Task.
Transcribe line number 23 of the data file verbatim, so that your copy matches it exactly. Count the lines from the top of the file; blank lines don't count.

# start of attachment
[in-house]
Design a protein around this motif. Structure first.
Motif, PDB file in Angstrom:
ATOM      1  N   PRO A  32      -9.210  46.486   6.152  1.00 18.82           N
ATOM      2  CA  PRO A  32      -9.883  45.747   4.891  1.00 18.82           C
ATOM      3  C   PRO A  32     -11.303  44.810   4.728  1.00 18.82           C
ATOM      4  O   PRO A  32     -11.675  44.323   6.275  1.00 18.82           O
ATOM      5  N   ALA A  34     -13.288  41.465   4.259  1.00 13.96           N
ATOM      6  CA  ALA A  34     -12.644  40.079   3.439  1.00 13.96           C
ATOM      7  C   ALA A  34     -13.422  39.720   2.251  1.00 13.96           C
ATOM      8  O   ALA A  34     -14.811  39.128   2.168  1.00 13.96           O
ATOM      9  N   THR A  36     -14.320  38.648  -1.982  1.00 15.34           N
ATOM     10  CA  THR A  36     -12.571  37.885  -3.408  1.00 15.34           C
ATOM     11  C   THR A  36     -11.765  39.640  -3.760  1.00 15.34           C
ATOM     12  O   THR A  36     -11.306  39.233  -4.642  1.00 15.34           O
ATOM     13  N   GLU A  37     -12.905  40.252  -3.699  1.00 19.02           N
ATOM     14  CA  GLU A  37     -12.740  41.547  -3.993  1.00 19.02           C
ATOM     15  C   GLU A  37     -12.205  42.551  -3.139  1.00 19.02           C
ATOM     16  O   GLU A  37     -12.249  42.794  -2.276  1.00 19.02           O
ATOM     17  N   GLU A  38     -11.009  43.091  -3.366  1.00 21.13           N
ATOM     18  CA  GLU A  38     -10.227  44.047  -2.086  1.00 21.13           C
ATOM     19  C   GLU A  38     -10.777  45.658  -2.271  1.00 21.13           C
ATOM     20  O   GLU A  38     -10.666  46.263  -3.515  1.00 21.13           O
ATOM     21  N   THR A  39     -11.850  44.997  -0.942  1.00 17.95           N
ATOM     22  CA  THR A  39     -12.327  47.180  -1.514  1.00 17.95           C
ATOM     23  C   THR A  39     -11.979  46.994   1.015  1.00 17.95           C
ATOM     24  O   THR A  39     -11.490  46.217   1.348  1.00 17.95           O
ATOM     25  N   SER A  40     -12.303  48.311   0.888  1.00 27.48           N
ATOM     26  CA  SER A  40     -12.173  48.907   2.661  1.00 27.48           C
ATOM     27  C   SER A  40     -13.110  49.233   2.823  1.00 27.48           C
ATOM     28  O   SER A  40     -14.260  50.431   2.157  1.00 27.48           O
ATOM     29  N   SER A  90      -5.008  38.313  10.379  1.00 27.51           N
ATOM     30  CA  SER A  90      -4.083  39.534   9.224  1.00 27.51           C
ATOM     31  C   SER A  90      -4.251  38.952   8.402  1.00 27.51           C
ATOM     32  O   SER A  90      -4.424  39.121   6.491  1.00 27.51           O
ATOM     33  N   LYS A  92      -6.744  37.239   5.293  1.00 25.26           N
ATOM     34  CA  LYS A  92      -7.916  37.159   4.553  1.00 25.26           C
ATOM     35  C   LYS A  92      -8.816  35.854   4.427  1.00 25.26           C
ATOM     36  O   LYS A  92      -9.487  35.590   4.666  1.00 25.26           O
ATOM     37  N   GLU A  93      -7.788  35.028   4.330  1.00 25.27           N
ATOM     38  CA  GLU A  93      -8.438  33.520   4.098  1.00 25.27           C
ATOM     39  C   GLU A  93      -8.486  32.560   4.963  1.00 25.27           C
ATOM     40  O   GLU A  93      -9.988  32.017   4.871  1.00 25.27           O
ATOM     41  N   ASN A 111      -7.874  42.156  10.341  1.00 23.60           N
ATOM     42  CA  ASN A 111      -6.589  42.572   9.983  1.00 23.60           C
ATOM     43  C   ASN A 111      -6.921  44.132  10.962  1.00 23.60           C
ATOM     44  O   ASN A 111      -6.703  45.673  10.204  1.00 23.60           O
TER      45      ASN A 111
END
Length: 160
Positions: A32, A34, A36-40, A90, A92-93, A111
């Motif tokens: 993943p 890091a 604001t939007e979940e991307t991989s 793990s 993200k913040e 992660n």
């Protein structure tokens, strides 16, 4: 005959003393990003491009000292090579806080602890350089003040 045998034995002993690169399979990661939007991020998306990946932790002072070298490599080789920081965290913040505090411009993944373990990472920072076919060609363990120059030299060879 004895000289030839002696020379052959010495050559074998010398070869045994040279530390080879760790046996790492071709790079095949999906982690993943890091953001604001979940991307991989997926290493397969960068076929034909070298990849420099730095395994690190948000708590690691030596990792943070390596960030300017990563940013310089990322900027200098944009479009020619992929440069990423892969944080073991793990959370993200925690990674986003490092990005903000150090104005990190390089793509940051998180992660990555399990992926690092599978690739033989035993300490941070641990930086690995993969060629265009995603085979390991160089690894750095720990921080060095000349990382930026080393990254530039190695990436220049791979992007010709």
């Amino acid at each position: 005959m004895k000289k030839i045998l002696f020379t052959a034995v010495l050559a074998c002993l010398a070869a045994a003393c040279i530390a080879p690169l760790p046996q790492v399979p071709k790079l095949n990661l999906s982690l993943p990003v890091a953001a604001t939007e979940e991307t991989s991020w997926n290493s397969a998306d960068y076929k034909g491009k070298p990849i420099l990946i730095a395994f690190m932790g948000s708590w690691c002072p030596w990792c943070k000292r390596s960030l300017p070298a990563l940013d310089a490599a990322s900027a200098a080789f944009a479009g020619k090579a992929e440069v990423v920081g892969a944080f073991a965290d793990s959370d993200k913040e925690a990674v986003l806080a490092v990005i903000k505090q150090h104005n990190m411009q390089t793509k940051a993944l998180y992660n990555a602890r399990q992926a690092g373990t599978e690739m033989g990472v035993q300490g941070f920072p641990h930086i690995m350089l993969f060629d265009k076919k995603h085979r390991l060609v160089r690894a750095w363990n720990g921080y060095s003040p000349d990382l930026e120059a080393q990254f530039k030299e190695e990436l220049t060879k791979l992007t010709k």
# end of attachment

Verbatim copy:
ATOM     20  O   GLU A  38     -10.666  46.263  -3.515  1.00 21.13           O